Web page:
“City of Angels” at Lyric Stage
There’s no reason for me to write my usual play review of a play seen last April which ended in May. Instead — some broad strokes. I had not been to Lyric Stage in over a decade; enough time for me to forget the high-quality, professional productions mounted here. Yes, Boston has a few neighborhoods occupied by several large, old, grand theatres which showcase the best of Broadway but in MA. Then, there are a few of the smaller venues whose companies tackle plays and musicals that are or weren’t blockbusters. Lyric Stage is at the top of this list.
Lyric skimps at nothing. Equity actors each in dual roles, a top notch band, an onstage chorus, a multi-level set indicating two stages, expensive costumes, and whatever else I neglected to mention make this venue’s productions worth a trip to Boston. Trust me, you can see “Phantom” anywhere. But a rarely produced musical a la film noir as “City of Angels” is a surprise treat. Why this play is not done more often is a shame. Yet, staging in particular, seems an extremely difficult assignment. Needless to say, Lyric Stage was undaunted, and the results proved excellent. www.lyricstage.com
Peabody Museum, Cambridge
I naturally thought when I inquired about going to the Peabody Museum of Archaeology & Ethnology that my visit would be two or three hours, until I was told that Peabody was actually a complex of four museums, two of which are connected, the other two directly across the street. The main museum displayed artifacts from the Americas (the current exhibit was Native Americans) in three floors of galleries.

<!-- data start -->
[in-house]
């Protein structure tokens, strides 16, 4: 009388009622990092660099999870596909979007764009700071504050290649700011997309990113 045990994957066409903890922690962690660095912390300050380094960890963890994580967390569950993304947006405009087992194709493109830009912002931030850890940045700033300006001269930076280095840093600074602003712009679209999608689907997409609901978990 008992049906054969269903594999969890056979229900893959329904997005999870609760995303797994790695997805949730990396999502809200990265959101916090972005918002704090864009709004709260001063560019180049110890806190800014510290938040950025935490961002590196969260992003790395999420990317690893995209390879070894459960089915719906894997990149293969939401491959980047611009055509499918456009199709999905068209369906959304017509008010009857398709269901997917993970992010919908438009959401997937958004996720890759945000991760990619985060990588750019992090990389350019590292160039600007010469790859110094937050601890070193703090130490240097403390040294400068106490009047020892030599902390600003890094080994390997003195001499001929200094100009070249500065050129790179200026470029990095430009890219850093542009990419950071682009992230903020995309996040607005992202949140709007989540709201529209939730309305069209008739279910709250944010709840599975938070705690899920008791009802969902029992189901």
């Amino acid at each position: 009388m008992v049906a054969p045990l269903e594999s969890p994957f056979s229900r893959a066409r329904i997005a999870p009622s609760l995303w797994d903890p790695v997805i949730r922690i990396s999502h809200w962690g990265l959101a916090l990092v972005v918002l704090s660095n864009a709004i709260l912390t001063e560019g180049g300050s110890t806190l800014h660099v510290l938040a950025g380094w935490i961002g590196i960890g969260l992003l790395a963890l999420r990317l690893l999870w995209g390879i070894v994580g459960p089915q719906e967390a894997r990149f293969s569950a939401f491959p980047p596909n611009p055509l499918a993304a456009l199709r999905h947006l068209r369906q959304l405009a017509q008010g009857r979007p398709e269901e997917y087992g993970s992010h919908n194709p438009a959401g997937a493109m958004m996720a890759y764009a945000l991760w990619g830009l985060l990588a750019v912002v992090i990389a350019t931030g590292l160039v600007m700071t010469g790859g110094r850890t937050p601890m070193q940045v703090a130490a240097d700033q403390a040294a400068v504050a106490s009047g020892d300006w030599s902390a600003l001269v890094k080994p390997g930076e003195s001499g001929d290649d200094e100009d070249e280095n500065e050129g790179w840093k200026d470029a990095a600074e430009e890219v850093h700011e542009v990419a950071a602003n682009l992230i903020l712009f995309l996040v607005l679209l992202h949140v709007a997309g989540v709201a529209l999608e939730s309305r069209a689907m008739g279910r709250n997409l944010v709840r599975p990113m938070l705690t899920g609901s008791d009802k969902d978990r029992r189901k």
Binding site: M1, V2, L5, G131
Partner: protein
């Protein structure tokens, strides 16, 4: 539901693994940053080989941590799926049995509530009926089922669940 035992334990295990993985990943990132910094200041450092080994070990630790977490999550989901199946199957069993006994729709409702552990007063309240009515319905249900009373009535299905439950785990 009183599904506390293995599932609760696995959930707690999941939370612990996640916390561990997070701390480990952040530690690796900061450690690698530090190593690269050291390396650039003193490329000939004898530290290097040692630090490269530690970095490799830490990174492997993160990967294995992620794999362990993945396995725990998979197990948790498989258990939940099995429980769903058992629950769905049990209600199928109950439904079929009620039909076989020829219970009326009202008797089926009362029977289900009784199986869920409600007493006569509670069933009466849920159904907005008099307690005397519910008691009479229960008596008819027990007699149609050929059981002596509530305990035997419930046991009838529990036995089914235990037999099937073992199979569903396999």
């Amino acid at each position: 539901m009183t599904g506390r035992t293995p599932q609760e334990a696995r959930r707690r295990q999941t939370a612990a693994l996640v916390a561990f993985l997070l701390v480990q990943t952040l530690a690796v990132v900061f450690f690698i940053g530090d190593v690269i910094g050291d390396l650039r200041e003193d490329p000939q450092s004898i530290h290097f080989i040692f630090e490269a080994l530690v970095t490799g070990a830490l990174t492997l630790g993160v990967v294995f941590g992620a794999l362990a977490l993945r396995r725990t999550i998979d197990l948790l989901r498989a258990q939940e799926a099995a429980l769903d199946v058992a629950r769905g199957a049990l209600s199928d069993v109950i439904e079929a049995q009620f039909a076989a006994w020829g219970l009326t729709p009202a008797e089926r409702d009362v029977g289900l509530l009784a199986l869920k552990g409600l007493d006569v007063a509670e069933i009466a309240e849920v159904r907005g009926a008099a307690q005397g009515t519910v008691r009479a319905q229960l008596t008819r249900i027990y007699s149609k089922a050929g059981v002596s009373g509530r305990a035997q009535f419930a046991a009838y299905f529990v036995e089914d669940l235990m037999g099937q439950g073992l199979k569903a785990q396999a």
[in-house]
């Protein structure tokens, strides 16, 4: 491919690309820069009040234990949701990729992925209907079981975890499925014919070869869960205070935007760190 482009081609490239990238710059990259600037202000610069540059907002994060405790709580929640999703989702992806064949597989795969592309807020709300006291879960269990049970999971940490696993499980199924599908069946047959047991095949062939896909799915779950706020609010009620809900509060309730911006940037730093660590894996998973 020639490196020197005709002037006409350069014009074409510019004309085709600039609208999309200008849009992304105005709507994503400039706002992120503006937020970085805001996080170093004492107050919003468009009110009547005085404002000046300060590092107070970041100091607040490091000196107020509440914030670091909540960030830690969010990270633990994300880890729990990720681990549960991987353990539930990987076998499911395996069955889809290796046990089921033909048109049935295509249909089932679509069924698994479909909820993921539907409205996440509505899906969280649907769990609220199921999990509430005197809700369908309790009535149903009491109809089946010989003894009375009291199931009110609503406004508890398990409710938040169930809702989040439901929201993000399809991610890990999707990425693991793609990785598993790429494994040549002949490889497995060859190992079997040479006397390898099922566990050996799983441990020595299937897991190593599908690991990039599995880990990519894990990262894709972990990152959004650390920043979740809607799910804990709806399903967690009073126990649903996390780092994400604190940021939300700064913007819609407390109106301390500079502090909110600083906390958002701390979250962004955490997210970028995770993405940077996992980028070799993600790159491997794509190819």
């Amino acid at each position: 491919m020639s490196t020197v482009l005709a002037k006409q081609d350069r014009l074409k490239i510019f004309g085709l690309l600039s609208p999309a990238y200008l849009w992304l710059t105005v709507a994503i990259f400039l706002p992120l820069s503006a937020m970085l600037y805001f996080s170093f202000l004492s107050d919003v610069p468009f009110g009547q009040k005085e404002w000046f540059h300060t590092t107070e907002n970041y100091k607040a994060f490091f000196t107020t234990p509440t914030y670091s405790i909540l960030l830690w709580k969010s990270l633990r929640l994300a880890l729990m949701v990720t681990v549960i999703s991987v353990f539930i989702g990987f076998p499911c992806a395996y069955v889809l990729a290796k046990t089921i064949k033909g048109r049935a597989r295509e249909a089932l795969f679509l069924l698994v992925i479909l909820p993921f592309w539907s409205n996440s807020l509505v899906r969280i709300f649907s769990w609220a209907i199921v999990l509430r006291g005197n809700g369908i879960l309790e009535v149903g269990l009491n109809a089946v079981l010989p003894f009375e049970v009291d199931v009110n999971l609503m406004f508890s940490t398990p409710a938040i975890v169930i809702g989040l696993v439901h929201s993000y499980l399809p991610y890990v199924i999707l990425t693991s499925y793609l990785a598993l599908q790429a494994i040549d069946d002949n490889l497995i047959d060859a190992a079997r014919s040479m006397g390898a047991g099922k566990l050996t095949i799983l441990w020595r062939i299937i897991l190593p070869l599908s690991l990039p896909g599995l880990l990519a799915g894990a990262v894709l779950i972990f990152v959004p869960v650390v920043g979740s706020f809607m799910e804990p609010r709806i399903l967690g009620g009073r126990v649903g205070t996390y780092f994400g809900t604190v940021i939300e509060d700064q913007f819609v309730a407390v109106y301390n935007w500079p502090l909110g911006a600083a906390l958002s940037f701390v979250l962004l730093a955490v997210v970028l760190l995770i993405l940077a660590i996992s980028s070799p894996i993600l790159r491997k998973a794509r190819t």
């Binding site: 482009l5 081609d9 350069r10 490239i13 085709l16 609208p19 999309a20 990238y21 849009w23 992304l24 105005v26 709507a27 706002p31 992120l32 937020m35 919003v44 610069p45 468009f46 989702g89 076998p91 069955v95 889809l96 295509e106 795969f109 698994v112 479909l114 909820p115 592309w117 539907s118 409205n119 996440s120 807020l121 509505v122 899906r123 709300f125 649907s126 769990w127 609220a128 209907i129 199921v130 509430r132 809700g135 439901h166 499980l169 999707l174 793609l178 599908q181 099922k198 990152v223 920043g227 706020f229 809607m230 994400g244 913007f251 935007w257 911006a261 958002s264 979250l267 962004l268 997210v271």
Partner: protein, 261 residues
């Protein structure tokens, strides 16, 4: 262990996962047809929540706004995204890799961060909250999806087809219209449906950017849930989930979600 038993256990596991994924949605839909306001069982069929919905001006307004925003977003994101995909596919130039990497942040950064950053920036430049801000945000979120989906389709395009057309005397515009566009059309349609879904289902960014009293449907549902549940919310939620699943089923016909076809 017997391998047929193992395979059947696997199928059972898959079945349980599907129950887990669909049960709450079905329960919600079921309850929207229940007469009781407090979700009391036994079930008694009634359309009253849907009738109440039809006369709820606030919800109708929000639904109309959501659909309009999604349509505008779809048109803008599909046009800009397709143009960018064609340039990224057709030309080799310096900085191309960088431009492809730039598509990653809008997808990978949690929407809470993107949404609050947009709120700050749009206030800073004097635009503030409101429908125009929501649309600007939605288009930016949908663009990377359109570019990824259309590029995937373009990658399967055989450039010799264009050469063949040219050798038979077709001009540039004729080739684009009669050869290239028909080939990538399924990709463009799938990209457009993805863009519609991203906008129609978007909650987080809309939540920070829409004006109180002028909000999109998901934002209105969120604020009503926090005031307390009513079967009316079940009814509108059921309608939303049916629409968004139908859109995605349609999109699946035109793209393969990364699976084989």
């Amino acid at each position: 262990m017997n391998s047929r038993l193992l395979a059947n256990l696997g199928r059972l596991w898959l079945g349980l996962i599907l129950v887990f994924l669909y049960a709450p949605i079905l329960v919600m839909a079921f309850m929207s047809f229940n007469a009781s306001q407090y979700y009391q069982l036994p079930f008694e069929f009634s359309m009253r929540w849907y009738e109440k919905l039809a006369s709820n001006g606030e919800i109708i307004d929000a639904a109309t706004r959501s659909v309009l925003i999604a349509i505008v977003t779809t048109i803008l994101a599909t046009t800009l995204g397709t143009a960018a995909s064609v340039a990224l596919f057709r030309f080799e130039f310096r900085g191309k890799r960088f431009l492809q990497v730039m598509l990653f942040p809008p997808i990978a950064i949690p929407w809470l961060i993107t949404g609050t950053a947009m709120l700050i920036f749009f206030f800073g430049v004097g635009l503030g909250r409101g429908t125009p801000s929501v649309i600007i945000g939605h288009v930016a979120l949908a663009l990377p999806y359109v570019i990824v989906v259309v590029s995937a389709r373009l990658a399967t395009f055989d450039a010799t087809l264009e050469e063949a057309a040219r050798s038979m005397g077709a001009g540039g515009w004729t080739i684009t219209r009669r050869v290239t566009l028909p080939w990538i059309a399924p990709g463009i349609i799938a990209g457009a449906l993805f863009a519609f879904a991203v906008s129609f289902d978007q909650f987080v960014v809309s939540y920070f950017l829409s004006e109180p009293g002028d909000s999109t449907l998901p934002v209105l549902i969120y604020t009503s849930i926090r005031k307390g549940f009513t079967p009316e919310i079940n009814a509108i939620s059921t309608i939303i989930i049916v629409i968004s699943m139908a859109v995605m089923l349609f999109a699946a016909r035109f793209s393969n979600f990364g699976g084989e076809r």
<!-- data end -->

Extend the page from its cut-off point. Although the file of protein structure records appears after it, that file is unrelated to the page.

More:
Exiting, which meant walking a small hallway, to the Harvard Museum of Natural History, the highlight for me were hundreds of glass flowers displayed in their own exhibit room.
The two smaller museums which I also ventured into were the Harvard Semitic Museum and the Collection of Historical Scientific Instruments, both of which were free to the public.
This museum’s draw was Arts of War which showcased the intricacies of armor, weaponry, masks used by warriors through the centuries. What a novel concept for an exhibit, that I wondered why I never seen anything at all similar in my decades of museum visits. www.peabody.harvard.edu
Peabody Museum is one of the Harvard Museums of Science & Culture. All Harvard museums mentioned in this article are part of this consortium.
Isabella Stewart Gardner Museum, Boston
The most striking component of this elegant museum/mansion is its courtyard. Upon entering and walking down stoned corridor lined with tapestry, the next turn faces one of four sides of the lush gardens, fountain, maze-like walks, and statues. Large open archways on the first and second floors of the museum align the periphery of the pristine courtyard. The beauty of this natural work of art was amazing in the spring months. Although, when I visited the museum on a mid-winter day several years ago, the courtyard still displayed a loveliness, and by no means dark and somber.
Each of the large rooms spoke to the demeanor and style of the Stewart-Gardner riches. Besides the paintings by artists of renown and elaborate furniture, the architecture created an amazing intricate design.
I had not realized that a new wing extended the museum, primarily housing a large three-story performance auditorium showcasing the talents of young classical musicians. I was also unaware of workshops, lectures, touring exhibits, and youth activities offered by the museum. With each visit, I learn and see more. www.gardnermuseum.org
Originally published by Shera Cohen